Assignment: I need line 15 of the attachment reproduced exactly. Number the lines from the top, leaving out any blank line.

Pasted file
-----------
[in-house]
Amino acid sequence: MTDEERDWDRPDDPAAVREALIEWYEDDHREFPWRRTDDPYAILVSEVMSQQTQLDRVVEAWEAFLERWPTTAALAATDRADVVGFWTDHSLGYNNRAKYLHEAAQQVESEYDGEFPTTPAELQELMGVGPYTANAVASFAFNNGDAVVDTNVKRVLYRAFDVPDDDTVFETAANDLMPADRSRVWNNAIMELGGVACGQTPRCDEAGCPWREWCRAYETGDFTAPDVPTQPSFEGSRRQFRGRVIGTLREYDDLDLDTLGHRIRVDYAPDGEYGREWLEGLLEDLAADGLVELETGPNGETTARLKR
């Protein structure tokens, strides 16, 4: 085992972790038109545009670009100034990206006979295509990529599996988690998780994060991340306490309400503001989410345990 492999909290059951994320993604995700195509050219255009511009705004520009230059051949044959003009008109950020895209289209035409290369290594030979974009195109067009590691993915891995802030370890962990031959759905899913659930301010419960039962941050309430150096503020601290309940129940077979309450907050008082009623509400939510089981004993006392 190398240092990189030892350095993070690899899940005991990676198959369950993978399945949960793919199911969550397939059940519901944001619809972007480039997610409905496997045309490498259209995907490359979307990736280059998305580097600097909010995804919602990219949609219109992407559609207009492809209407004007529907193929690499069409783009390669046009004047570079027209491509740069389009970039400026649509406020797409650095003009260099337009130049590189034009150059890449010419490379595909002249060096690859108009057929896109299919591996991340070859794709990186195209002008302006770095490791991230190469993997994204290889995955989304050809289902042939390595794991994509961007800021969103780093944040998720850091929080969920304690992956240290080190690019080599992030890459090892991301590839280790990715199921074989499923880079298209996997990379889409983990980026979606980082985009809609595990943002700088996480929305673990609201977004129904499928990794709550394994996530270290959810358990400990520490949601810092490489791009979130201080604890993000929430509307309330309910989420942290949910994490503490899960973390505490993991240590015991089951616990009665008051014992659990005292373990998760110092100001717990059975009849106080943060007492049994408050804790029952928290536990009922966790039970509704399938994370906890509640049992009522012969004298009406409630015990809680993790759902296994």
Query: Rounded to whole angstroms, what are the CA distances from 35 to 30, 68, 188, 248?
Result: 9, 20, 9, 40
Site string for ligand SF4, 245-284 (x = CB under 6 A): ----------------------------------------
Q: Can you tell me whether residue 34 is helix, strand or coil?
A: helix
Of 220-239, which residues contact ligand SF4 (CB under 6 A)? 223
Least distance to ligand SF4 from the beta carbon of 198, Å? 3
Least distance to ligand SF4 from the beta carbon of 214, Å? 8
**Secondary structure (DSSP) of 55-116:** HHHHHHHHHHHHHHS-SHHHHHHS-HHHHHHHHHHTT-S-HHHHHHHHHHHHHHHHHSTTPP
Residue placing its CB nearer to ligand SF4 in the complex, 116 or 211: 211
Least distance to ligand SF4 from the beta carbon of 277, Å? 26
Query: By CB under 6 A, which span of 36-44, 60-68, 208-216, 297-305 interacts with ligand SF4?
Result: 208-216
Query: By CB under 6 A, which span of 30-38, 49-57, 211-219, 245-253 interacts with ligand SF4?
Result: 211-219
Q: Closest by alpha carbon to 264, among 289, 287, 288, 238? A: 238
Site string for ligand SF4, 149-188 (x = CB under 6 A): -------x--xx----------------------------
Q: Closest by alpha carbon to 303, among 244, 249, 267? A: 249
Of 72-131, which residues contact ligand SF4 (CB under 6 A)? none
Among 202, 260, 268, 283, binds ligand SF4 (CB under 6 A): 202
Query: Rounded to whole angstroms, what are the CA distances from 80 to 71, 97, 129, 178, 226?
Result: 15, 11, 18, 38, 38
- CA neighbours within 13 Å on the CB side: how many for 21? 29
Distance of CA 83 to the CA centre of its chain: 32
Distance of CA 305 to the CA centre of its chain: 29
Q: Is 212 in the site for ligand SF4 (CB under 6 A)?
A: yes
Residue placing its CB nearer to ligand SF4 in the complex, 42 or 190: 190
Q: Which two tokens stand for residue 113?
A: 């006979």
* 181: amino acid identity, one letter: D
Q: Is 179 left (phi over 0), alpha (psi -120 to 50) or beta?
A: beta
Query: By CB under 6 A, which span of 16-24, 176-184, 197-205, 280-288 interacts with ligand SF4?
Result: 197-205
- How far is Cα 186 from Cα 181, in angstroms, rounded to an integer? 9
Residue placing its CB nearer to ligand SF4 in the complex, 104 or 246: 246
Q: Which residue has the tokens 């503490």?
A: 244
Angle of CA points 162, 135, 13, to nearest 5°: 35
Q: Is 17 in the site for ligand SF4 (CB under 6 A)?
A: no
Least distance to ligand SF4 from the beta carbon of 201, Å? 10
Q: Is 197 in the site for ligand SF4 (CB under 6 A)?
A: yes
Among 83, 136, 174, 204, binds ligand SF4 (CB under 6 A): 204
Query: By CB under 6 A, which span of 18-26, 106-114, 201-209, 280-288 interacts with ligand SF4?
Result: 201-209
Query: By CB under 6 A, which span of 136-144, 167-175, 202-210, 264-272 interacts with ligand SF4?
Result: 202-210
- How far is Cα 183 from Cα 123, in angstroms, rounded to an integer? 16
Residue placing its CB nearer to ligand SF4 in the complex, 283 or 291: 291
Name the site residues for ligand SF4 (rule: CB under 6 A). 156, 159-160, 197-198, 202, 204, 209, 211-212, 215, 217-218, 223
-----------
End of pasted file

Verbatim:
Query: By CB under 6 A, which span of 36-44, 60-68, 208-216, 297-305 interacts with ligand SF4?